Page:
Since these numbers are virtually incomprehensible, difficult to remember without a computer and don’t contain a person’s name or identifying information, it is often claimed that Bitcoin is an “anonymous currency”. This is also often used as an argument to attack Bitcoin as a currency for illegal transactions and tax evasion.
But it’s not as simple as that. If you publish your address anywhere, it can be linked to your real-life identity. Even if you don’t publish it, simply re-using the same address many times can show a pattern that an analyst with basic skills could link to your identity by looking at transaction times, amounts, location and regularity – and connecting it to other data sources like receipts, exchanges, and shipped items.
It’s recommended for privacy and security that you use a new address for every single transaction, and most modern wallet software is designed to do just that. But even though this increases the amount of effort and skill required to uncover your identity, it doesn’t make you 100% anonymous. Freely available blockchain explorers and analytical tools have been used to link addresses with only single transactions to other addresses, forming a chain or pattern that eventually reveals its owner. These have been useful in investigating cases of theft at companies like Mt. Gox and Bitcoinica, but can potentially be used to identify anyone.
Due to all of this, it’s more accurate to say Bitcoin is “pseudonymous” and not anonymous. Think of it as a less memorable email address or online handle. Even if it’s not your real name, someone out there can potentially find out who the real person behind the pseudonym is.
Question: Is Bitcoin Fully Virtual And Immaterial?
Bitcoin is as virtual as the credit cards and online banking networks people use everyday. Bitcoin can be used to pay online and in physical stores just like any other form of money. Bitcoins can also be exchanged in physical form such as the Open Dime, but paying with a mobile phone usually remains more convenient. Bitcoin balances are stored in a large distributed network, and they cannot be fraudulently altered by anybody. In other words, Bitcoin users have exclusive control over their funds and bitcoins cannot vanish just because they are virtual.
Question: Is Bitcoin Legal?
Bitcoin is legal in most jurisdictions in the world but there are a small number nation states that have banned its use, such as Ecuador. Wikipedia has a great guide on how Bitcoin is treated in all the countries around the world and explains regulatory policies surrounding it. Regulations vary from one border to the next so you should always research your location’s laws before participating in the network.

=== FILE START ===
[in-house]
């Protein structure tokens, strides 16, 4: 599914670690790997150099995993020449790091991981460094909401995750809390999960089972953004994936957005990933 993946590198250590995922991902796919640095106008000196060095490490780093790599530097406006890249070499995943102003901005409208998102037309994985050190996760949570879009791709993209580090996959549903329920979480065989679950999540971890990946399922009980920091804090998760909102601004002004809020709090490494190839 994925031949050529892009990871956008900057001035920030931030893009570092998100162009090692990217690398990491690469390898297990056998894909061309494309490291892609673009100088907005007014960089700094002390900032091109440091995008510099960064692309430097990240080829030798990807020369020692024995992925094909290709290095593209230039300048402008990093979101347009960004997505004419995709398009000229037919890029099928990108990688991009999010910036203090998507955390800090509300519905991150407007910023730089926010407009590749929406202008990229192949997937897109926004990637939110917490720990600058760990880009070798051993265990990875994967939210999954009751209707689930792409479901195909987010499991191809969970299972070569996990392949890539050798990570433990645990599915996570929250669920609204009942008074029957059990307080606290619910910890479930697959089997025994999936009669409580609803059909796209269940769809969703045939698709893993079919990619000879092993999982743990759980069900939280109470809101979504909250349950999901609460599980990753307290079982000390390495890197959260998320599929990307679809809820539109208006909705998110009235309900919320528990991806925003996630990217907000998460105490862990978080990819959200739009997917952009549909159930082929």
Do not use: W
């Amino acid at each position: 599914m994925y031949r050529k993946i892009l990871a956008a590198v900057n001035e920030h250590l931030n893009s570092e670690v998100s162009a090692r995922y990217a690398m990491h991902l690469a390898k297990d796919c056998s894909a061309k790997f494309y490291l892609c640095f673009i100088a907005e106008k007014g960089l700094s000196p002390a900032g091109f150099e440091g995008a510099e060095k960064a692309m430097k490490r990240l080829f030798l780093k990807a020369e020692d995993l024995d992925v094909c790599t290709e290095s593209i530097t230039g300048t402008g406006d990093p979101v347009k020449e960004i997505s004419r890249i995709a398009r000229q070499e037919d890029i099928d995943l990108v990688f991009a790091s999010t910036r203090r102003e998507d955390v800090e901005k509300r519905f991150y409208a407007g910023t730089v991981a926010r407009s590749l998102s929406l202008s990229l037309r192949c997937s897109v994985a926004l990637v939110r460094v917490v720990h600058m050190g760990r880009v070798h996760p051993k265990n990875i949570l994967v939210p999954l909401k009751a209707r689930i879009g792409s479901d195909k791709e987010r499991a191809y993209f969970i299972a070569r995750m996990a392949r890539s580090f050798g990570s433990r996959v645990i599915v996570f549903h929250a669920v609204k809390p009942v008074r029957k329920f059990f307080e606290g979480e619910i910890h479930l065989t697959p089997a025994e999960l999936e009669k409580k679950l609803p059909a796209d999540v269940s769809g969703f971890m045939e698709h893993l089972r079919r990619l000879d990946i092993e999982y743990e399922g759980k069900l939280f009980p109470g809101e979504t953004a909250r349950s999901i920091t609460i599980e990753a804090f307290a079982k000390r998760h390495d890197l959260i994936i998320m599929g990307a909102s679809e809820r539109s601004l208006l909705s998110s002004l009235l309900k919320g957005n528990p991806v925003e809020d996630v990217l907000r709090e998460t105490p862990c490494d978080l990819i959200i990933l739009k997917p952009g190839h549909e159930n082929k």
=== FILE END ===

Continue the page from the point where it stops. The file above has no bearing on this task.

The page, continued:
Question: Is Bitcoin Really Used By People?
Yes. There is a growing number of businesses and individuals using Bitcoin. This includes brick and mortar businesses like restaurants, apartments, law firms, and popular online services such as Microsoft, Dell, and Newegg. While Bitcoin remains a relatively new phenomenon, it is growing fast. At the end of March 2016, the value of all bitcoins in circulation exceeded US$ 6.5 billion with millions of dollars worth of bitcoins exchanged daily.
Question: What Are The Advantages Of Bitcoin?
- Payment freedom: It is possible to send and receive any amount of money instantly anywhere in the world at any time. No bank holidays. No borders. No imposed limits. Bitcoin allows its users to be in full control of their money.
- Very low fees: Bitcoin payments are currently processed with either no fees or extremely small fees. Users may include fees with transactions to receive priority processing, which results in faster confirmation of transactions by the network. Additionally, merchant processors exist to assist merchants in processing transactions, converting bitcoins to fiat currency and depositing funds directly into merchants’ bank accounts daily. As these services are based on Bitcoin, they can be offered for much lower fees than with PayPal or credit card networks.
- Fewer risks for merchants: Bitcoin transactions are secure, irreversible, and do not contain customers’ sensitive or personal information. This protects merchants from losses caused by fraud or fraudulent chargebacks, and there is no need for PCI compliance. Merchants can easily expand to new markets where either credit cards are not available or fraud rates are unacceptably high. The net results are lower fees, larger markets, and fewer administrative costs.